Authors: Eliezer Geisler, Albert H. Rubenstein
Addresses: College of Business and Economics, University of Wisconsin-Whitewater, WI 53190, USA. ' Center for Information and Telecommunication Technology (CITT), Robert R. McCormick School of Engineering and Applied Sciences, Northwestern University, Evanston, IL 60208, USA
Abstract: This paper reports some preliminary findings from a study of the potential adoption of future intelligent systems by US lawyers. This study is the first phase of a larger study of the adoption and use of intelligent systems by professional service organisations. This portion of the study examined some of the human, administrative, professional and technical barriers to the potential adoption of future intelligent systems by attorneys. The empirical research involved in-depth interviews with seventeen attorneys in several legal specialities. Two illustrative cases of potential adoption are described. The main findings are that in the foreseeable future, the trend toward adoption of expert systems and other enhanced electronic assistance by lawyers and their organisations will continue, but the adopted systems will be those that provide perceived improvements in the productivity of those legal tasks which already lend themselves to automation. Adoption of future intelligent systems which assist attorneys in their professional thought-processes, such as synthesis and interpretation, is not likely to be forthcoming before the end of the decade. Twenty major barriers to such adoptions were identified and are reported here.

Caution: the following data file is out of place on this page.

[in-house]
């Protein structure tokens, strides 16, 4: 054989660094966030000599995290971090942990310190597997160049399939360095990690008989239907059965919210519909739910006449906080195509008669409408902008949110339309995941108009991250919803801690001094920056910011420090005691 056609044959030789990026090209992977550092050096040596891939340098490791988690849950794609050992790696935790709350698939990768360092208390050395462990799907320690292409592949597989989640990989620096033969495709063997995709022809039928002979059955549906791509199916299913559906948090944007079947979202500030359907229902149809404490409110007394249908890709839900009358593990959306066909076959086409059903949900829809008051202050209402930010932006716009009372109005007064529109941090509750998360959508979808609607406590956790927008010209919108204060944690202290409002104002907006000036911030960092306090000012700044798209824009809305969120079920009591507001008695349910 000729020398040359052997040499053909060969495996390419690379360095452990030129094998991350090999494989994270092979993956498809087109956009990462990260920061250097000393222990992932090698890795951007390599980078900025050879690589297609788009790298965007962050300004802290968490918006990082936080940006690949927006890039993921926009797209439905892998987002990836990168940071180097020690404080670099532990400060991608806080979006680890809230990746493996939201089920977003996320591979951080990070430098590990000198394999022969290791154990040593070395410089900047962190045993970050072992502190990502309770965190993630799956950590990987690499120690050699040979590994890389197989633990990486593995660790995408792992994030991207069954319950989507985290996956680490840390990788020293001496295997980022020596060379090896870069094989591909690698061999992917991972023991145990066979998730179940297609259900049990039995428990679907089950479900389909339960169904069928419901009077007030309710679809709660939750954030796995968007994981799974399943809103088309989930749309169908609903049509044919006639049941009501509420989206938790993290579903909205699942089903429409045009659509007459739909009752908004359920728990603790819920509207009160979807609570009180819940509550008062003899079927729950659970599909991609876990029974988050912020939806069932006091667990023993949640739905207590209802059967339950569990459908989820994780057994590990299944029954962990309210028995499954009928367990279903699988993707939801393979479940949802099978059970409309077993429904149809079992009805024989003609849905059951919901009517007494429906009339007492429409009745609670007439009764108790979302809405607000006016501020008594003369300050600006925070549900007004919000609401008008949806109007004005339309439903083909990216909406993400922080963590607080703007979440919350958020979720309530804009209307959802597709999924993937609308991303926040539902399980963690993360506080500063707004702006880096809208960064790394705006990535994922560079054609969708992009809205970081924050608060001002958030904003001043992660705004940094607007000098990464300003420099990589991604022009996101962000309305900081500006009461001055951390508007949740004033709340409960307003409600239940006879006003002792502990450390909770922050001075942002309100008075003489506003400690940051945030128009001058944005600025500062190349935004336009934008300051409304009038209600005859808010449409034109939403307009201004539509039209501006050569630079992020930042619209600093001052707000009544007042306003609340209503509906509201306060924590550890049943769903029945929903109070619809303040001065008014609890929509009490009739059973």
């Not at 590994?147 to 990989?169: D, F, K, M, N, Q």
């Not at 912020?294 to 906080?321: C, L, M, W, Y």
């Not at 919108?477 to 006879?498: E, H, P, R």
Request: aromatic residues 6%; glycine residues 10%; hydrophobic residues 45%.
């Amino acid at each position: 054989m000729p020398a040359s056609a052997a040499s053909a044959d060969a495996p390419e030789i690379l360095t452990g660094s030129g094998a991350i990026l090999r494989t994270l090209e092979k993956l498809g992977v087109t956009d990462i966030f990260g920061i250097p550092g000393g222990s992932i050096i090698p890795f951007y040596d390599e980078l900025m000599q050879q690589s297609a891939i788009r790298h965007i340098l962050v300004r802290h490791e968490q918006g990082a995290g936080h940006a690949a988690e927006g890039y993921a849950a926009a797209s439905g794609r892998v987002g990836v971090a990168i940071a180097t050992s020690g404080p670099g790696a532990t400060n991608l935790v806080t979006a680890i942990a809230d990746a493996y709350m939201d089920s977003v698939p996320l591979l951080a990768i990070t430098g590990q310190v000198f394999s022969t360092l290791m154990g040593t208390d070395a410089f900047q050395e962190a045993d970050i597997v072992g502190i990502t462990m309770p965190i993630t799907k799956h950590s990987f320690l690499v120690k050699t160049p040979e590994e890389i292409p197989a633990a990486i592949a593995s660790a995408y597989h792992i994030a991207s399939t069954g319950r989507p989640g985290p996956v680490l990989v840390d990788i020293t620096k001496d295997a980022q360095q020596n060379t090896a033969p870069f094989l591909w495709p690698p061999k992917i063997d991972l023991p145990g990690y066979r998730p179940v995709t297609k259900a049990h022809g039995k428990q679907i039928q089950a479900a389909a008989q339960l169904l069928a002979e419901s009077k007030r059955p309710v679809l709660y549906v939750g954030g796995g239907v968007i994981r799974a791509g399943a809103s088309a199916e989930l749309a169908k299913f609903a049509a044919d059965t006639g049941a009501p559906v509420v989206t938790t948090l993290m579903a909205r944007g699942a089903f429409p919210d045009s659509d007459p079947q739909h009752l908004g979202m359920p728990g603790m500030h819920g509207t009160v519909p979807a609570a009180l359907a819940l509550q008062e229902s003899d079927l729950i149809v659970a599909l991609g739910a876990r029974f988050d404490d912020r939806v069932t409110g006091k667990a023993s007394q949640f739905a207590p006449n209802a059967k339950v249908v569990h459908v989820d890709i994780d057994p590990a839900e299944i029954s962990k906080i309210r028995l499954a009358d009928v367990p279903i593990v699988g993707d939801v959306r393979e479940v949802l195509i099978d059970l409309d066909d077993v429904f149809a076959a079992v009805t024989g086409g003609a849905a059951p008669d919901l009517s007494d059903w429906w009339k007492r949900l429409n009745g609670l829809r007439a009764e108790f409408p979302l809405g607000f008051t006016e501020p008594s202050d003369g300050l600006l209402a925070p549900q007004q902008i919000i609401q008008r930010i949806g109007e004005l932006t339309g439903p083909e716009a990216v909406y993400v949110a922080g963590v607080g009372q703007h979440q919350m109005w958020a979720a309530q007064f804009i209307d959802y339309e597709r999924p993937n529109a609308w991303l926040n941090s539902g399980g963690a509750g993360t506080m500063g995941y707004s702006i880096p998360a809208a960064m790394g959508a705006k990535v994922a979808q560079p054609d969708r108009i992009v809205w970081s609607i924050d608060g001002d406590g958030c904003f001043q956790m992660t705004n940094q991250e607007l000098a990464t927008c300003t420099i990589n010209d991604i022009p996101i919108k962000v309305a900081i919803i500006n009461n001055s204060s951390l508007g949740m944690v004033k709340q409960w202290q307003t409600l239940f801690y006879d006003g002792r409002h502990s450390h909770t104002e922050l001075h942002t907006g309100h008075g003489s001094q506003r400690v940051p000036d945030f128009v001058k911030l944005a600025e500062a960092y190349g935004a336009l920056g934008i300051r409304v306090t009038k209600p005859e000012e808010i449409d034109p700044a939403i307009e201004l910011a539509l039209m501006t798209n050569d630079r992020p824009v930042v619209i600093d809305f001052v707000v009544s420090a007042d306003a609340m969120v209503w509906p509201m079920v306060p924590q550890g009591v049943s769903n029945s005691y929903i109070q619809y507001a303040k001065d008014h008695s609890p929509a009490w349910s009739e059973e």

Keywords: artificial intelligence; decision support systems; DSS; intelligent systems; expert systems; legal profession; lawyers.
International Journal of Computer Applications in Technology, 1993 Vol.6 No.1, pp.45 - 49
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